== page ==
I have a rabbi friend who says it’s impossible to know what Judaism was like before the Exile because during those several decades of captivity in Babylon, God’s people were changed forever. Rabbi Jeffrey points out that all the gathered writings we have today were written, compiled, and edited from the perspective of that dark experience and those deep transformations.

The Northern Kingdom of Israel was besieged, then conquered and scattered by the Assyrians around 722 BCE. The Southern Kingdom of Judah was besieged and conquered and carried into captivity by the Babylonians in 586 BCE. Remember that our Living in The Story readings this week offer a hindsight perspective. As they relate the pivotal historical events that forever changed Israel as a people, these texts tell their story not in a current moment, but rather through the long angle lens of exile and return.

The people of Judah (now taking back the name Israel) had returned to their homeland and learned some valuable lessons. “We did this to ourselves” is the bottom line of their self-analysis, a self-reflection in the story line we read through the Kings, the Chronicles, and the prophet Isaiah. Remember all this is history within a theological perspective . . .

Reading these stories of the last days of Israel, Judah, and Jerusalem is sad reading indeed, maybe because it sounds familiar.

Back in the 1930s, the rich grasslands of the American mid-West were transformed into a Dust Bowl. It’s heart breaking to see the photographs of that stark, brown world. At the same time, Wall Street was collapsing and sending shock waves throughout every Main Street in the United States. Amid the multiple crises with joblessness, homelessness, and food scarcity, many people may have wondered if these were our last days as a nation.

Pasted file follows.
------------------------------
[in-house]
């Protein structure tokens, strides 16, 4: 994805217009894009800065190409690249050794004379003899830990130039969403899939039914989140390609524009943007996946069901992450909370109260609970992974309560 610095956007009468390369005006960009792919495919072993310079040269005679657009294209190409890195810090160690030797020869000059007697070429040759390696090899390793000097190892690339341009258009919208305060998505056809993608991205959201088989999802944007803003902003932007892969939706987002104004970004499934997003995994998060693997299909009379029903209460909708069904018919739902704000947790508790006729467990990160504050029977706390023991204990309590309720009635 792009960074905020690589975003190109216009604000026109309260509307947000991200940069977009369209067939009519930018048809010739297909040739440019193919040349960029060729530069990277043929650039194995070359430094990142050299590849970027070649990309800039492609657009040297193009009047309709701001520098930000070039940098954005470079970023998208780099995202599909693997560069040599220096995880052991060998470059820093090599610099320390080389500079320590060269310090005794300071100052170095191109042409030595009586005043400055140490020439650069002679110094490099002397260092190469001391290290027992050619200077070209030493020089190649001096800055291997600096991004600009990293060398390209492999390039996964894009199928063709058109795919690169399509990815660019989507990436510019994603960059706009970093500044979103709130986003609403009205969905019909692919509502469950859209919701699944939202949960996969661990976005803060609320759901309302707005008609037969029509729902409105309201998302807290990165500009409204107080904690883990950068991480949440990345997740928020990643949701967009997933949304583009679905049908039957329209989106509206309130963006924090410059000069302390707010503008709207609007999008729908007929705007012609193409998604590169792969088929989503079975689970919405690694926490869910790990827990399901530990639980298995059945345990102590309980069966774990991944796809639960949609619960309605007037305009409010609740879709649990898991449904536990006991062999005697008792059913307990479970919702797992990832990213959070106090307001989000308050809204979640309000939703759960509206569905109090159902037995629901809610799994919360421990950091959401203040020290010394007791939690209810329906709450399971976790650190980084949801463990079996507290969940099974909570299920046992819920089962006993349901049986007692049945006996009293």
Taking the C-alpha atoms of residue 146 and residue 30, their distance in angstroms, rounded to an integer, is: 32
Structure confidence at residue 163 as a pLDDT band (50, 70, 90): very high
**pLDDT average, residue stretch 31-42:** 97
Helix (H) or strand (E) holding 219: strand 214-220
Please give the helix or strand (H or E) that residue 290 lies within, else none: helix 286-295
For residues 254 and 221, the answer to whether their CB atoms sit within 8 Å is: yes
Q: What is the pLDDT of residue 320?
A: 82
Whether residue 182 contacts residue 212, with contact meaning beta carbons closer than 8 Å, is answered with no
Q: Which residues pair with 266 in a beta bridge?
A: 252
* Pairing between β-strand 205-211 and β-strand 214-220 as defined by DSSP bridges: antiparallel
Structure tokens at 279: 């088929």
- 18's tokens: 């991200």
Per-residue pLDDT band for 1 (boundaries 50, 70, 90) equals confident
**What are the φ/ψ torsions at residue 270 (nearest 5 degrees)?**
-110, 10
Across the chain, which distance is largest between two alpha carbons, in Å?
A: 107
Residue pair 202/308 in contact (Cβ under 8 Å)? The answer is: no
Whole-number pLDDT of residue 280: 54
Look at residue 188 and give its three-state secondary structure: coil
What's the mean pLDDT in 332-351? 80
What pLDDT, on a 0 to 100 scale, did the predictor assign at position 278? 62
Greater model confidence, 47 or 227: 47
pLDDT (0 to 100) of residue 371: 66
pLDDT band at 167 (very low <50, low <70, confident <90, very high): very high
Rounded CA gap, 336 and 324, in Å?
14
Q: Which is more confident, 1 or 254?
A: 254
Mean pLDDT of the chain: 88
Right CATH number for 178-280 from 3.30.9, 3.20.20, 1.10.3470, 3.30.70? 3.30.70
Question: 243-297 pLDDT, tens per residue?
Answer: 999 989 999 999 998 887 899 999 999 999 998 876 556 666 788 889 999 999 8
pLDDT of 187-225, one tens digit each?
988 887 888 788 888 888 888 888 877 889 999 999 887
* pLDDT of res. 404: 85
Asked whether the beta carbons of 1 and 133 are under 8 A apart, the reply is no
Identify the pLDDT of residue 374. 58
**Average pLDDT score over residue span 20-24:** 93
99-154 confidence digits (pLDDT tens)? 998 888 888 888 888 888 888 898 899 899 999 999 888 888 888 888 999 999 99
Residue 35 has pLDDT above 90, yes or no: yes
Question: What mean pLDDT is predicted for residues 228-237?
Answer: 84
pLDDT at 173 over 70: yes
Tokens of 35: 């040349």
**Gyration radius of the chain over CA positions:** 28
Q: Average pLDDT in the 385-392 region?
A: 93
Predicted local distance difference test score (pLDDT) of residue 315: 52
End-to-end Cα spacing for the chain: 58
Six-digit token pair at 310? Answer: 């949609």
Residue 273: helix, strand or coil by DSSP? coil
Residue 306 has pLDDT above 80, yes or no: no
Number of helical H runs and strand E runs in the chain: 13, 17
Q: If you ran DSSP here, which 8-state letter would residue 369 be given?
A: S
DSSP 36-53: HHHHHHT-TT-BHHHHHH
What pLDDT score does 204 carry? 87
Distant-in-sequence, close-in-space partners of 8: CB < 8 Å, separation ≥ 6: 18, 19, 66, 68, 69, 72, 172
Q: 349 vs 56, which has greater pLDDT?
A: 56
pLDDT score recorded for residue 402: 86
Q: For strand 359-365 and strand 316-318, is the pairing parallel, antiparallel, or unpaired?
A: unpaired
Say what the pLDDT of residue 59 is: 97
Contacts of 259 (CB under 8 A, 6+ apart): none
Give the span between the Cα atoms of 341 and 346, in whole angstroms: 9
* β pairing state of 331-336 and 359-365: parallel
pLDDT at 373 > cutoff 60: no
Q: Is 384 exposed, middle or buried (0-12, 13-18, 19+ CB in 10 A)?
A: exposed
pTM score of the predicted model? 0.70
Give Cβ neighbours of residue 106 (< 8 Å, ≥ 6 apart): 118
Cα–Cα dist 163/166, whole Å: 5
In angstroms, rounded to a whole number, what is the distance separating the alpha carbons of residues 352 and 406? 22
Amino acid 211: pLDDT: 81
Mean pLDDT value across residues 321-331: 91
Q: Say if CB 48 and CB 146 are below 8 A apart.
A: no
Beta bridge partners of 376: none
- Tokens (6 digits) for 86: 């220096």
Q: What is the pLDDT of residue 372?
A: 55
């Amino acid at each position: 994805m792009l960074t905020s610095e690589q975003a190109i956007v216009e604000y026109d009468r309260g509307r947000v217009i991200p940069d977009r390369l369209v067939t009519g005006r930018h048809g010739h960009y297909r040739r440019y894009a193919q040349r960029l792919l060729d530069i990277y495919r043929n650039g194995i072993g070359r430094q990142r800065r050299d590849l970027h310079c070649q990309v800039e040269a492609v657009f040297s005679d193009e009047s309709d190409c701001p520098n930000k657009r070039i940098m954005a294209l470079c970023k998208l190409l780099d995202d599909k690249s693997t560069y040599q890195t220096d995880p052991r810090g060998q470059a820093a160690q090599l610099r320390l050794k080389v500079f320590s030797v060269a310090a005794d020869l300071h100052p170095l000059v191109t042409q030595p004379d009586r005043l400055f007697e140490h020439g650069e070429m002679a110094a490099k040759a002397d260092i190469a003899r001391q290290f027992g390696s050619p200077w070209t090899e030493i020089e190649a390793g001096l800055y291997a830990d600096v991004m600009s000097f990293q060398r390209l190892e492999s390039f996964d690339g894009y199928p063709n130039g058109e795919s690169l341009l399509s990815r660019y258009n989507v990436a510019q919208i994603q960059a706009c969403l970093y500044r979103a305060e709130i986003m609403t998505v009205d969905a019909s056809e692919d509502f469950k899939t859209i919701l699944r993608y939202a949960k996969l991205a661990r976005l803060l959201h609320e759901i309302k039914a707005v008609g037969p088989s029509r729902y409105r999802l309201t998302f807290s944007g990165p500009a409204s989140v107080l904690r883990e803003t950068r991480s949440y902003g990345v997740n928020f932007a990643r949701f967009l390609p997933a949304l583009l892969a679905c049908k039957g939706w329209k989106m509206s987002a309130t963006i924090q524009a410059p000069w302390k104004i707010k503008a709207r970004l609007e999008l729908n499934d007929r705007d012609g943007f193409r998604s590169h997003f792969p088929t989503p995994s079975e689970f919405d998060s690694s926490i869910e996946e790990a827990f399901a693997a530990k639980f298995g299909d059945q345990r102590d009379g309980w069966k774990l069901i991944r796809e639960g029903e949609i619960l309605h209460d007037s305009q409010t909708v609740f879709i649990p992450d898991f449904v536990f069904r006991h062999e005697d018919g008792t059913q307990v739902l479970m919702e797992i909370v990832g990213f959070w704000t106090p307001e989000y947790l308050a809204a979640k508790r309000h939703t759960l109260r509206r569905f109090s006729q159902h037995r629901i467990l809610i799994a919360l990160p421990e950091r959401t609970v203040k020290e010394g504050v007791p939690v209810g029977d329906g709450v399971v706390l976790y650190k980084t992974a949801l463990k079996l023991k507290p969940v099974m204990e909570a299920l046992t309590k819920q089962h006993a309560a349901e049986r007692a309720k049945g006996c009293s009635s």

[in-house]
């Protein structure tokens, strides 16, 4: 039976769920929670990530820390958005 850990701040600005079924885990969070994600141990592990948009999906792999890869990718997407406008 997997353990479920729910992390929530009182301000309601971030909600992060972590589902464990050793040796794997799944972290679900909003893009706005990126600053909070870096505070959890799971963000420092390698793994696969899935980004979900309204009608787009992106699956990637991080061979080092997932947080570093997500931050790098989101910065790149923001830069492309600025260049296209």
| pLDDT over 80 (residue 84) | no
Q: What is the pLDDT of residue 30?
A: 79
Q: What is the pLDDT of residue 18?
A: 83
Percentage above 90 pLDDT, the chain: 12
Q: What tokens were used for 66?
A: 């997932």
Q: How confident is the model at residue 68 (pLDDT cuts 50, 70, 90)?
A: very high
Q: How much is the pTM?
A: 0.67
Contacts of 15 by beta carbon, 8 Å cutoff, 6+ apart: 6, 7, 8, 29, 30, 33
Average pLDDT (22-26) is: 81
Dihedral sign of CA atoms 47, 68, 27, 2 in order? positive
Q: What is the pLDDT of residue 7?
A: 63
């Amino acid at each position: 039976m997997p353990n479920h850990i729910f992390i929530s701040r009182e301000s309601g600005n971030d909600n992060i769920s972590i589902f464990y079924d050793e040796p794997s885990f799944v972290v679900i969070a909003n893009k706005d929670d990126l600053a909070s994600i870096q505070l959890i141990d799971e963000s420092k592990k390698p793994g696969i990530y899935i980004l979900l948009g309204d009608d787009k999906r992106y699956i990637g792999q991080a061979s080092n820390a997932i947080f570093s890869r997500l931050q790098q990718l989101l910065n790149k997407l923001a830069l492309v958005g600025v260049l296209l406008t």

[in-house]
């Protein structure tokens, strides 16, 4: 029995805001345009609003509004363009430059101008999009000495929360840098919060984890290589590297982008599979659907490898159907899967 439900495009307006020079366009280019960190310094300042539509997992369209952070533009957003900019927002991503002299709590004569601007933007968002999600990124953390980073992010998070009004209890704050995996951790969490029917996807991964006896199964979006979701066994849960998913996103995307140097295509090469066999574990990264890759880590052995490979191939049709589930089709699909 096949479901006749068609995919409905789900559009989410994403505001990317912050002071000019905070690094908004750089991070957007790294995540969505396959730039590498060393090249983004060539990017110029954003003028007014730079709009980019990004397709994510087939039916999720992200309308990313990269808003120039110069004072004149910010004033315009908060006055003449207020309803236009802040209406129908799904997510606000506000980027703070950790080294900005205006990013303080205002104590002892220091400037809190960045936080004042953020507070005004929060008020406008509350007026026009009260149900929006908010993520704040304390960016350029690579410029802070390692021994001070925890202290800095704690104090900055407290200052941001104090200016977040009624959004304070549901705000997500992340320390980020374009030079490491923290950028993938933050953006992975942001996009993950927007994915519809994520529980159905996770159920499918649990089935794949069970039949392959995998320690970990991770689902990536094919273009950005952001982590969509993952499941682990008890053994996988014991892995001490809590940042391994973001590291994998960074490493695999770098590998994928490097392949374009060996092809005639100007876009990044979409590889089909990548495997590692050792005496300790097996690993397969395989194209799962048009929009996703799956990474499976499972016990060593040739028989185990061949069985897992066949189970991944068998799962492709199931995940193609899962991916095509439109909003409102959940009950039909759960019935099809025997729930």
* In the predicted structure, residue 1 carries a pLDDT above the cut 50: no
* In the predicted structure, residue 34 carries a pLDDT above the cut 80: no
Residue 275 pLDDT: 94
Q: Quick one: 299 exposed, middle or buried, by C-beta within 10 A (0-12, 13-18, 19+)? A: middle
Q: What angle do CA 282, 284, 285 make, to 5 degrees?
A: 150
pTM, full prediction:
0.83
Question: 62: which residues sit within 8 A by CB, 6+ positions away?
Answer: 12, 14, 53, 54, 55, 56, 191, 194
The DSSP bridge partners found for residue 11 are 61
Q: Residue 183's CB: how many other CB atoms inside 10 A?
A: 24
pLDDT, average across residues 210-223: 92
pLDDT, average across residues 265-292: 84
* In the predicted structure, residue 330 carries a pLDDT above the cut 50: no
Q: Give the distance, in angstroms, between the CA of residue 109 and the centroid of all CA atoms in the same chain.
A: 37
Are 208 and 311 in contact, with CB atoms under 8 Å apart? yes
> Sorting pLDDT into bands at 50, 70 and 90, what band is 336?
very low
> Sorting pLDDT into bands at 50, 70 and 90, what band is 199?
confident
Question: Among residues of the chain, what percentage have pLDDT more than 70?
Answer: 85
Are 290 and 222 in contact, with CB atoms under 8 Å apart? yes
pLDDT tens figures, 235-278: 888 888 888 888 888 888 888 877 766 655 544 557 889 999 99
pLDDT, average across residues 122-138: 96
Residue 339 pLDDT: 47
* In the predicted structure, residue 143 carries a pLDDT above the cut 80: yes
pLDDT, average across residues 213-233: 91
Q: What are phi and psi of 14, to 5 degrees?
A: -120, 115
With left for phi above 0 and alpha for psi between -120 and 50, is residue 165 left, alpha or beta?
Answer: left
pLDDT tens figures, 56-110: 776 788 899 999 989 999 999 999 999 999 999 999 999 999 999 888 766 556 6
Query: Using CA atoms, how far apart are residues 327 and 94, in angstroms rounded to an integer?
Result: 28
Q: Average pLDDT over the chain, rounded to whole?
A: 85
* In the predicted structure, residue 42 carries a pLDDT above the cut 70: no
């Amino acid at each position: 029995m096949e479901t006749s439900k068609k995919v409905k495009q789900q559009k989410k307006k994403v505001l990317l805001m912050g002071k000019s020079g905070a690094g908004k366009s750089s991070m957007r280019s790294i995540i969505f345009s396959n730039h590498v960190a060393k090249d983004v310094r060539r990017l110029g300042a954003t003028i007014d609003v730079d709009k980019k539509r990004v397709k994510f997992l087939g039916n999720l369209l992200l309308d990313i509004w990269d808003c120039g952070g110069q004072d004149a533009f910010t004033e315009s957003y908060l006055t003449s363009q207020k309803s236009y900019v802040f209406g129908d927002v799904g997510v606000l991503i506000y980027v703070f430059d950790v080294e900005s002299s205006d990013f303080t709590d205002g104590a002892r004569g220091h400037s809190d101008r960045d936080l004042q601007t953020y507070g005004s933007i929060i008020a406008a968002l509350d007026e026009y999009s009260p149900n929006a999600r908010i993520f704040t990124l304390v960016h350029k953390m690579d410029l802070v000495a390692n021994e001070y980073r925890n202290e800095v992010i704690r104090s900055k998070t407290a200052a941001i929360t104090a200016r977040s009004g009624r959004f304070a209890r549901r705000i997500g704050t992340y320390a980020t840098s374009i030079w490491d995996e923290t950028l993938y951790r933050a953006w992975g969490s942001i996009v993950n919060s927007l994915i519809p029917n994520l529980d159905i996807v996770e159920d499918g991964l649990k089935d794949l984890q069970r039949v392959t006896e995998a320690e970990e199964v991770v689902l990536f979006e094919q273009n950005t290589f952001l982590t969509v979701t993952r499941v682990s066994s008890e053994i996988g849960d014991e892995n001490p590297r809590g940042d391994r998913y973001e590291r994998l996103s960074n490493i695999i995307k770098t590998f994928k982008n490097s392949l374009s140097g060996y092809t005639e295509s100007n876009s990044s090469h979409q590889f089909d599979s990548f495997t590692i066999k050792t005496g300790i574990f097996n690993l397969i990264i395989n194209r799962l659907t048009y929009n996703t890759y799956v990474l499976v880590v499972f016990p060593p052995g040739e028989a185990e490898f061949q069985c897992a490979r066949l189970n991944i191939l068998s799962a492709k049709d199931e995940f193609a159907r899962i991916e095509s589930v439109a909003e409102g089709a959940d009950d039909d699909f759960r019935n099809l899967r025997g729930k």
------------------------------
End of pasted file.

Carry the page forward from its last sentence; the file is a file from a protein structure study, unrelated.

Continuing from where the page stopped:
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Week 34: Elisha

These Living in The Story essays talk a lot about how to read and reread, how to interpret and reinterpret Scripture. I hope you can tell the Bible is precious to me. I hope you can see how much I respect its power to reveal truth about who we are as humans; how much I believe that God continues to speak a current word through these odd and ancient words. I believe the Bible is true.

But then we still have some stories that are just flat weird . . .

The ancients who wrote these documents did not operate within our modern understanding of science, they did not conceive of history in the same way we do, they did not write their stories in line with Enlightenment standards of rationality. The ancients were storytellers.

Story is how we humans probe the truth of our existence, it’s how we discover and discern what is real and true about our shared humanity. Story is a time-honored way to make sense of who we are as humans, where we come from, why we’re here, and what is the meaning of life; it’s a way to watch for intersections with the Holy. As my theologian husband wisely said:

Sometimes folk tales have been incorporated into the text of the Bible. No one ever thought or intended that these folk tales should be taken as factual.